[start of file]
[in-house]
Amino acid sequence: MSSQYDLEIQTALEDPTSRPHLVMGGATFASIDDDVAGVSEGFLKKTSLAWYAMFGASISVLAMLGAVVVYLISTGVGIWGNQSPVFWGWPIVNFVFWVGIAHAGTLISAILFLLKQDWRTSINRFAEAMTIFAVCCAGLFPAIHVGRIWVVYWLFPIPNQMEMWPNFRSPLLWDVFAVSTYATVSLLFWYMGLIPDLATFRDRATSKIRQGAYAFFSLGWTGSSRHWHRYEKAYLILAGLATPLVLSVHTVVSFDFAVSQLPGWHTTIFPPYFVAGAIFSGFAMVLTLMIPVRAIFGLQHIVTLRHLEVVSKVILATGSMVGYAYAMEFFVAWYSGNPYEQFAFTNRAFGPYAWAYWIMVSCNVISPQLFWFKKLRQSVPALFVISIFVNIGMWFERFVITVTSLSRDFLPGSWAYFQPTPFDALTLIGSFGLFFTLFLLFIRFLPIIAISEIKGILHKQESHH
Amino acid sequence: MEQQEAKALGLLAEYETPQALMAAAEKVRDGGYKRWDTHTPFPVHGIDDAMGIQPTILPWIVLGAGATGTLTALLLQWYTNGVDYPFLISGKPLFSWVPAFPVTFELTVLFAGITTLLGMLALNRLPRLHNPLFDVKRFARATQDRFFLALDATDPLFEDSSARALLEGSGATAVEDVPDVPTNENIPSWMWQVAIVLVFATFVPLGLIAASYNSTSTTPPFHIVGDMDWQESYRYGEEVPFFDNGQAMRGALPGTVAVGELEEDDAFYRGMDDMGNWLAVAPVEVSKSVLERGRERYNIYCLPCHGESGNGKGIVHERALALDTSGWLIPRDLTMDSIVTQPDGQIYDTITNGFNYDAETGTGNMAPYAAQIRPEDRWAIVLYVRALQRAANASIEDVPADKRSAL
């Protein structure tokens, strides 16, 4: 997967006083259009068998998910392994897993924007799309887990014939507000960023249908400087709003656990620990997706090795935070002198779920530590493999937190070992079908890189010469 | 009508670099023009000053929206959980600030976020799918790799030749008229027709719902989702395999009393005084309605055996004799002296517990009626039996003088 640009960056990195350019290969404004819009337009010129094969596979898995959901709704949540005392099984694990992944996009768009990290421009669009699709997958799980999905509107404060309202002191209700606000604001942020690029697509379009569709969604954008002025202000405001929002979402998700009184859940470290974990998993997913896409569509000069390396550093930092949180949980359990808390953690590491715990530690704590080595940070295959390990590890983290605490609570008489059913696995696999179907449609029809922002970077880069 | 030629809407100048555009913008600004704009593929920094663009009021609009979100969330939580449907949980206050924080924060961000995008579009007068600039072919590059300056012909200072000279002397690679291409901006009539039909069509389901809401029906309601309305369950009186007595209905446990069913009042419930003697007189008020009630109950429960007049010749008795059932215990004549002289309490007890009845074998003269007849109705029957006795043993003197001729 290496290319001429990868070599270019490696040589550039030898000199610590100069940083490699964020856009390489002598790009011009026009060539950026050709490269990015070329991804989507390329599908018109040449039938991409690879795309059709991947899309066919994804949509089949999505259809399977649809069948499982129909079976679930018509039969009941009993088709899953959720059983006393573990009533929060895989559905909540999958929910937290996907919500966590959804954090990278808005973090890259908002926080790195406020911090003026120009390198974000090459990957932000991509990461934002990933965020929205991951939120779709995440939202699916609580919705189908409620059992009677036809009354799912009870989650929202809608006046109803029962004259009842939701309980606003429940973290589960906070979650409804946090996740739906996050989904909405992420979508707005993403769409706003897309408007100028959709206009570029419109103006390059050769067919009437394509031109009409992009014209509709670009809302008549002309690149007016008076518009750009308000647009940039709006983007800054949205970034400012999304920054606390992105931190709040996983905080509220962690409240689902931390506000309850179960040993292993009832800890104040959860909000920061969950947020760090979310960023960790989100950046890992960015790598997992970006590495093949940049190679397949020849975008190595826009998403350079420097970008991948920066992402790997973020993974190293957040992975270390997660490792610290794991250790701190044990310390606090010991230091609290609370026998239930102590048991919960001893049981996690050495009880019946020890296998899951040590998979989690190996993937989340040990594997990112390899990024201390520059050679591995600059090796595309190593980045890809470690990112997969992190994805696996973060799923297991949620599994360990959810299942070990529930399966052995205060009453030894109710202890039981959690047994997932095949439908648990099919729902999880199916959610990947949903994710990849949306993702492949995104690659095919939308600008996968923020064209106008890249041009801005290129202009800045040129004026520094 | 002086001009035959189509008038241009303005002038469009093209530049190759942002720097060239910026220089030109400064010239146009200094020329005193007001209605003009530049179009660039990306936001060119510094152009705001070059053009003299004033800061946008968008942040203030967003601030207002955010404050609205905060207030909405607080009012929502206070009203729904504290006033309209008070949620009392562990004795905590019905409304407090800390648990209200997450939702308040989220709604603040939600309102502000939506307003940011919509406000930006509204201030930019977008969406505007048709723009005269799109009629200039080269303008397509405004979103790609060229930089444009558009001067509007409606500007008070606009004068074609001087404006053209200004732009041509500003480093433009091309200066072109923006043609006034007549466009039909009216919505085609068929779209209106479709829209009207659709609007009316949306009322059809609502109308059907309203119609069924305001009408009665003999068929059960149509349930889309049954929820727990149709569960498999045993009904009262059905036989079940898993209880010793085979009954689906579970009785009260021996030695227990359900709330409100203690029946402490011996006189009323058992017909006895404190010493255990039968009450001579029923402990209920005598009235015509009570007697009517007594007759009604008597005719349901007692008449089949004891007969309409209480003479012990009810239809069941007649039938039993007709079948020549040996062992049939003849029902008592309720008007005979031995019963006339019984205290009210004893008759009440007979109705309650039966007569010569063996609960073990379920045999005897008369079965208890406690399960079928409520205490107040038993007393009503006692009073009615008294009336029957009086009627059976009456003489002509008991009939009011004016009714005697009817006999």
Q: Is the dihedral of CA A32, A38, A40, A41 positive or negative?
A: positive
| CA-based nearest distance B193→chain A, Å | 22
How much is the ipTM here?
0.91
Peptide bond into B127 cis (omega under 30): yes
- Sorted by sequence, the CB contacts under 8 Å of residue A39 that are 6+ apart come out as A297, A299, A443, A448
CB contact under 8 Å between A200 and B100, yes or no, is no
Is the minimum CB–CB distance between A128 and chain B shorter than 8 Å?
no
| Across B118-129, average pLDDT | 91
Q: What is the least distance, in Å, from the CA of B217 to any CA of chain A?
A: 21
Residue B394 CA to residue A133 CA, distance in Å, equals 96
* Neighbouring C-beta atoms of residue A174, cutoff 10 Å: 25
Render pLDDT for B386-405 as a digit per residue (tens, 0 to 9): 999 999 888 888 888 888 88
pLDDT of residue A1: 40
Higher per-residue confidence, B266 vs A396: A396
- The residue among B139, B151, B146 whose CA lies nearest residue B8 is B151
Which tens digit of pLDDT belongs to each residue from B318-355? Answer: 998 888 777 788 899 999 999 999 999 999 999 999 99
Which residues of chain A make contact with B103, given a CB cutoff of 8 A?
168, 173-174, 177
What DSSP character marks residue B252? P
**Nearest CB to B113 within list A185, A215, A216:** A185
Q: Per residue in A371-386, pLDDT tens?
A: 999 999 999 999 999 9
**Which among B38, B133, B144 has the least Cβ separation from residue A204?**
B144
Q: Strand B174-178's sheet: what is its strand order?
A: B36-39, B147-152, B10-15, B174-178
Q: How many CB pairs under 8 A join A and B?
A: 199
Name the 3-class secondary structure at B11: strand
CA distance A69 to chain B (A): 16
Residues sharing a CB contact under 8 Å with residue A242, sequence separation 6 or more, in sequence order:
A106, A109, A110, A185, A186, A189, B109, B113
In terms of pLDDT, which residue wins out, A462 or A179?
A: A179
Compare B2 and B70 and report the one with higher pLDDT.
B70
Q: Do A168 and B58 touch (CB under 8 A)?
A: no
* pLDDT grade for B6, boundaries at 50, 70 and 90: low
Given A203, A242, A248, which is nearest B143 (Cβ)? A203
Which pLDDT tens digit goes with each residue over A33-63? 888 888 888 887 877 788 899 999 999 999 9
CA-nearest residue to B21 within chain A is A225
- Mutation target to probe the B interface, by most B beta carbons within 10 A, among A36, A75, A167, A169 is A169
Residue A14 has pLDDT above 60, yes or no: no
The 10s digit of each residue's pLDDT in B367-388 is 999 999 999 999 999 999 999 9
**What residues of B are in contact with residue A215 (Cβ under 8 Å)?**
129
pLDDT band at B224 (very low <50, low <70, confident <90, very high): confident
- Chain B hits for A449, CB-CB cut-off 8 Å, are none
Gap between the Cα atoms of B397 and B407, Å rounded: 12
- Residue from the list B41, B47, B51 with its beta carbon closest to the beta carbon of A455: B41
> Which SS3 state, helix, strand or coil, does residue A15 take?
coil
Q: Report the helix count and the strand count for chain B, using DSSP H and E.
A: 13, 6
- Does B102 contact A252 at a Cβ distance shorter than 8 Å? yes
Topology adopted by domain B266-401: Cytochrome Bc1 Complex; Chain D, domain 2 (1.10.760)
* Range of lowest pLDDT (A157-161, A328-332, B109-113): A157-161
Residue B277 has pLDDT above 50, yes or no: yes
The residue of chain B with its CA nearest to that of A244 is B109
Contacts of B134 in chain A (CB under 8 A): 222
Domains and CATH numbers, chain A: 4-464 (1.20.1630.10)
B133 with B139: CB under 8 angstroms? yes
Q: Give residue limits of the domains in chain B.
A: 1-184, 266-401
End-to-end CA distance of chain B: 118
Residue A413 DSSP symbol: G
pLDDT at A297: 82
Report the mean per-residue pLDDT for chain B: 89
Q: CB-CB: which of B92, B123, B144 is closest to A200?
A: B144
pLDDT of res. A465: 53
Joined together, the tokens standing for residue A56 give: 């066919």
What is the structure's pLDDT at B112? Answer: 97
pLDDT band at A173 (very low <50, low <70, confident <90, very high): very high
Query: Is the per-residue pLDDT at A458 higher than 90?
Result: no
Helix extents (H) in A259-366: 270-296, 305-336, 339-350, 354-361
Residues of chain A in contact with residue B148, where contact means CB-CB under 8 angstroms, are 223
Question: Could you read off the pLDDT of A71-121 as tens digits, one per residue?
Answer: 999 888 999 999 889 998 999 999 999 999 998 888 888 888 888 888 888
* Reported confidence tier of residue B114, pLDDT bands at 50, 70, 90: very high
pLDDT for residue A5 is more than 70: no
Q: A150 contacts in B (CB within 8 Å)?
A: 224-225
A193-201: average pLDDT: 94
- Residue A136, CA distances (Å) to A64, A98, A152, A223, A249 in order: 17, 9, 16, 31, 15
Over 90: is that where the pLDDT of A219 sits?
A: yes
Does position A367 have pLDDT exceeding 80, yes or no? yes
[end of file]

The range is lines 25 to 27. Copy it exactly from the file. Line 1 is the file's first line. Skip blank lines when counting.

Which residues of chain A make contact with B103, given a CB cutoff of 8 A?
168, 173-174, 177
What DSSP character marks residue B252? P